Four-year strategy for human resource development
The Human Capital Strategy, the bank’s first, was approved by its board of executive directors on 28 May in the Tunisian capital Tunis.
It says the mixed effects of limited access to quality education, technology and innovation were "strong warning signals to sustaining Africa’s growth and entry into higher value added areas of production and competitiveness".
"Failure to tackle such formidable backlogs will deprive a whole generation of opportunities to develop their potential, escape poverty and support the continent’s trajectory toward inclusive growth and economic transformation."
The vision of the Human Capital Strategy, or HCS, is “to harness the potential of one billion Africans by building skills and promoting technologies for better jobs, equal opportunities and workforce competitiveness”.
Human Capital Strategy
The strategy’s main areas of focus are skills and technology. It underscores short-, medium- and long-term adaptable and sustainable solutions to youth unemployment and economic productivity.
The African Development Bank, or AfDB, will support investments in skills and technology development in member countries through knowledge work, policy dialogue and lending operations.
Interventions will address the daunting challenge of joblessness and under-employment among youth and women by tackling labour market skills mismatches and promoting social entrepreneurship and economic policies that foster job creation.
The bank proposes a New Education Model for Africa, with a radical shift from a ‘bricks and mortar’ approach to a model that supports critical thinking, the application of cutting-edge education technologies, and public-private partnerships.
The model will tap new opportunities provided by the private sector and ICTs to develop e-education and adaptive learning to equip African youth with flexible skills needed for tomorrow’s job market.
The AfDB will step up its support for innovative teaching methods based on ICTs including e-learning, virtual universities, and regional research and exchange platforms.
It will partner with science academies to support programmes for women scientists, including through fellowships for women who can serve as mentors to future female leaders.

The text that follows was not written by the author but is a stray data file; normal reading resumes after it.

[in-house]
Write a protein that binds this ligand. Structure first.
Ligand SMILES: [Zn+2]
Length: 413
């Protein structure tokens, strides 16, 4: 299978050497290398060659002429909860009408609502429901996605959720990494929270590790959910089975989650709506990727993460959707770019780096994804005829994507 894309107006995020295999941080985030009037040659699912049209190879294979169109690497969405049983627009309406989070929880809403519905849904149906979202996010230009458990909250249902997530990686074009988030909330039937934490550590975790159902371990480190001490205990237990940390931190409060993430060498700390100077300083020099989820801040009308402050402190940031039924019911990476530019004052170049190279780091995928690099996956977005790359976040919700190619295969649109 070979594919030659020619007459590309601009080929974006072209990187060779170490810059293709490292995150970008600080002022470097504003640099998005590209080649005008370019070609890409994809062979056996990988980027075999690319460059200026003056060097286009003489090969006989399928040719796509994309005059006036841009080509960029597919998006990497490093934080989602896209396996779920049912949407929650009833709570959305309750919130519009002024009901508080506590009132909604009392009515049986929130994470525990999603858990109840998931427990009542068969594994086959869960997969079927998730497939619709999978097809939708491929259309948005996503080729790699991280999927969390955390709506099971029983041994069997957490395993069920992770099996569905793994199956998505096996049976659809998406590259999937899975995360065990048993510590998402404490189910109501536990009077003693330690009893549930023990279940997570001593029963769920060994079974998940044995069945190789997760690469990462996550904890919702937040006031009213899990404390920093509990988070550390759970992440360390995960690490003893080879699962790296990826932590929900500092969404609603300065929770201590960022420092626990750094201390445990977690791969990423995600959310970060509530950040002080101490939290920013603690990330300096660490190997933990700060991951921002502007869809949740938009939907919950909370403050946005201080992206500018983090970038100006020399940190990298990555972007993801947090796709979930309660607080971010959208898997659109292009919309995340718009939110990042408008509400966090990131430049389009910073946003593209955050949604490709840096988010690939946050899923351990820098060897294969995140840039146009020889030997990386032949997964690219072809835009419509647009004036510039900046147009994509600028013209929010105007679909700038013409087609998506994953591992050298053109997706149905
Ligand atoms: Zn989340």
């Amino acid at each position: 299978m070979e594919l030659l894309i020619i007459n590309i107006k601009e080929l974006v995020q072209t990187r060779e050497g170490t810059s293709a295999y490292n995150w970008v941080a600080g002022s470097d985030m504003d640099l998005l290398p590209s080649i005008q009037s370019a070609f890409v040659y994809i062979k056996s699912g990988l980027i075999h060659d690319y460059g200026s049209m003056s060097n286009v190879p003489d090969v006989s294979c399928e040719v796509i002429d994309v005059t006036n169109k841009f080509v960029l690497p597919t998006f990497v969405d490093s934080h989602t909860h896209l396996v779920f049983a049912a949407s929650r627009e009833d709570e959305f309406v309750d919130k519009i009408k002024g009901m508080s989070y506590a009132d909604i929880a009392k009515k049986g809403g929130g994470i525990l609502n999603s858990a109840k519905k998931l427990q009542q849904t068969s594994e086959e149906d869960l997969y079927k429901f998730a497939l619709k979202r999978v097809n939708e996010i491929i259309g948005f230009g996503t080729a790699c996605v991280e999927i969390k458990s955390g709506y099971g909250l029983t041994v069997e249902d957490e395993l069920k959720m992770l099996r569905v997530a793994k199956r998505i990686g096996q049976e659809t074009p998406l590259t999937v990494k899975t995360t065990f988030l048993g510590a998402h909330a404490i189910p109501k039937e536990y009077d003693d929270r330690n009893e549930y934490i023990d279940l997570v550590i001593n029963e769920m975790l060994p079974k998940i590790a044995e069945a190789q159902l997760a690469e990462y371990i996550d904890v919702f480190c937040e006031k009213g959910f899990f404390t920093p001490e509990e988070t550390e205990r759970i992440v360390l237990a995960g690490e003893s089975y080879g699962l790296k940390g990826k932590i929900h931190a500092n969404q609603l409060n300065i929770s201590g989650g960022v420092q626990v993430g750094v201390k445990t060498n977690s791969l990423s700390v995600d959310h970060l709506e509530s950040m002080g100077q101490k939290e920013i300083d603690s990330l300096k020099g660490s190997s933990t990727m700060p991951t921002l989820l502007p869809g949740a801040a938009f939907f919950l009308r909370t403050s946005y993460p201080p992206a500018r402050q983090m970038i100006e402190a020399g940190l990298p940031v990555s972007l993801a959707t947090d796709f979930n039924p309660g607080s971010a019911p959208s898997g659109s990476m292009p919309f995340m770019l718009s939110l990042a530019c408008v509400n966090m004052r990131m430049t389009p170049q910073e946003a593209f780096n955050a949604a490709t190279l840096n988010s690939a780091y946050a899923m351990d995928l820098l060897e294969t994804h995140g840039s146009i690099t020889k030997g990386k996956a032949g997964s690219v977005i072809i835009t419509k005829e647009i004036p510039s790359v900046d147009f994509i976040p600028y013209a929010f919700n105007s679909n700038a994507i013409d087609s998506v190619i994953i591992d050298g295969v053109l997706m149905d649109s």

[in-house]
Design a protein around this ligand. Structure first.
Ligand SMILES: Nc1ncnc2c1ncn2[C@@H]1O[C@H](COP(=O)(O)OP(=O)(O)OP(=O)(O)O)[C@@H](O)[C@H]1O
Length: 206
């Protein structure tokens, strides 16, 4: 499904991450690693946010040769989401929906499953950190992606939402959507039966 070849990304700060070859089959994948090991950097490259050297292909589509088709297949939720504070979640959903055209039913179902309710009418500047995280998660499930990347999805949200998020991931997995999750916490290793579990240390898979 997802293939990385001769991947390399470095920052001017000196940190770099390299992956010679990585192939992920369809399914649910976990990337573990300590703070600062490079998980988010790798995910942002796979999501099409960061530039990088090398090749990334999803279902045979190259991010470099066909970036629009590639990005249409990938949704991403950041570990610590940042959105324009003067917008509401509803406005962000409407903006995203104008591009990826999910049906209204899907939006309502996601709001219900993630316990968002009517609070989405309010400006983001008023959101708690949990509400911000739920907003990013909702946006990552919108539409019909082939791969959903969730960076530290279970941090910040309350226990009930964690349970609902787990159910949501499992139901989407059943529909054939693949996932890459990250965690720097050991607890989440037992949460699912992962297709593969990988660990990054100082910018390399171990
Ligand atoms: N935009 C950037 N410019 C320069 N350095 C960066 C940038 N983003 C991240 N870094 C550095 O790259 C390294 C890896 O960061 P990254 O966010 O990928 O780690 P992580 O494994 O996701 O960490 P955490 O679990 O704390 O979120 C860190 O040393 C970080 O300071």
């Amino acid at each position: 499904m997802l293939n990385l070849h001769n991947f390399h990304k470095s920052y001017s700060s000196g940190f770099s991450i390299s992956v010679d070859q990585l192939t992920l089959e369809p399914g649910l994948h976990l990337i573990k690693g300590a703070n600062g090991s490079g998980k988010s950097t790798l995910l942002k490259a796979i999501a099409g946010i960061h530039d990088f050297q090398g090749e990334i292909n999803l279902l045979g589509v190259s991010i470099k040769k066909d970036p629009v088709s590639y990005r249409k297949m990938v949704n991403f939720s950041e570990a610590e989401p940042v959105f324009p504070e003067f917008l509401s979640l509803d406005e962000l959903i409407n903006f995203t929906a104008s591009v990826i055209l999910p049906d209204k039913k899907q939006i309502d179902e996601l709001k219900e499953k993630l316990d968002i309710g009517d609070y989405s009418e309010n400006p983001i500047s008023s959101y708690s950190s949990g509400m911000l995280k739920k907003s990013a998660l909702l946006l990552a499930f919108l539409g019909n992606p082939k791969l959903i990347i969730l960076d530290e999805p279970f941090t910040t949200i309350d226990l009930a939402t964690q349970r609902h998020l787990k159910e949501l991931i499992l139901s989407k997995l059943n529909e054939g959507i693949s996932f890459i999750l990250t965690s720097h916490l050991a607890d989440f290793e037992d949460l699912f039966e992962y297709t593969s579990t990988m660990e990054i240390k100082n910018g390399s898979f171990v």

The strategy will also focus on building critical skills in several economic sectors including infrastructure and natural resource management, to enhance competiveness.
Bank interventions will include upgrading equipment in institutions for the training of engineers and technicians, and leveraging partnerships with the private sector to improve internships and apprenticeships.
Skills in science, technology, engineering and mathematics will be scaled up, and regional networks built to foster opportunities for development and knowledge sharing across borders.
Mentorship programmes will be supported, using experts in the diaspora, and the bank will facilitate African networks of excellence to promote exchange of best practices and the development of skills in short supply.
Efforts will be made to boost ongoing partnerships including the Bank’s collaboration with the United Nations University and the Pan African University to promote science and technology education and the Joint Youth Employment Initiative for Africa for job creation.
Juma Shabani, former director of development, coordination and monitoring of UNESCO programmes with special focus on Africa, commended the bank for the strategy.
It would, Shabani told University World News, “help African countries to carry out major and comprehensive reform of their higher education institutions in order to enable them to make a significant and concrete contribution to poverty reduction and growth”.
The strategy confirmed that higher education should be given high priority in the post-2015 global development agenda, Shabani added. To ensure its success, an implementation steering team should be set up composed of African experts with proven expertise and experience in the focus areas of the strategy.
Calestous Juma, co-chair of the African Union's High-Level Panel on Science, Technology and Innovation and director of the science, technology and globalisation project at Harvard University, told University World News:
"As much of the challenge in Africa is the existence of higher education policies that do not reflect the needs of the economy, a major task for the African Development Bank will have to include working with African governments to rethink the role of universities in light of the pressure to pursue more inclusive and sustainable development strategies.”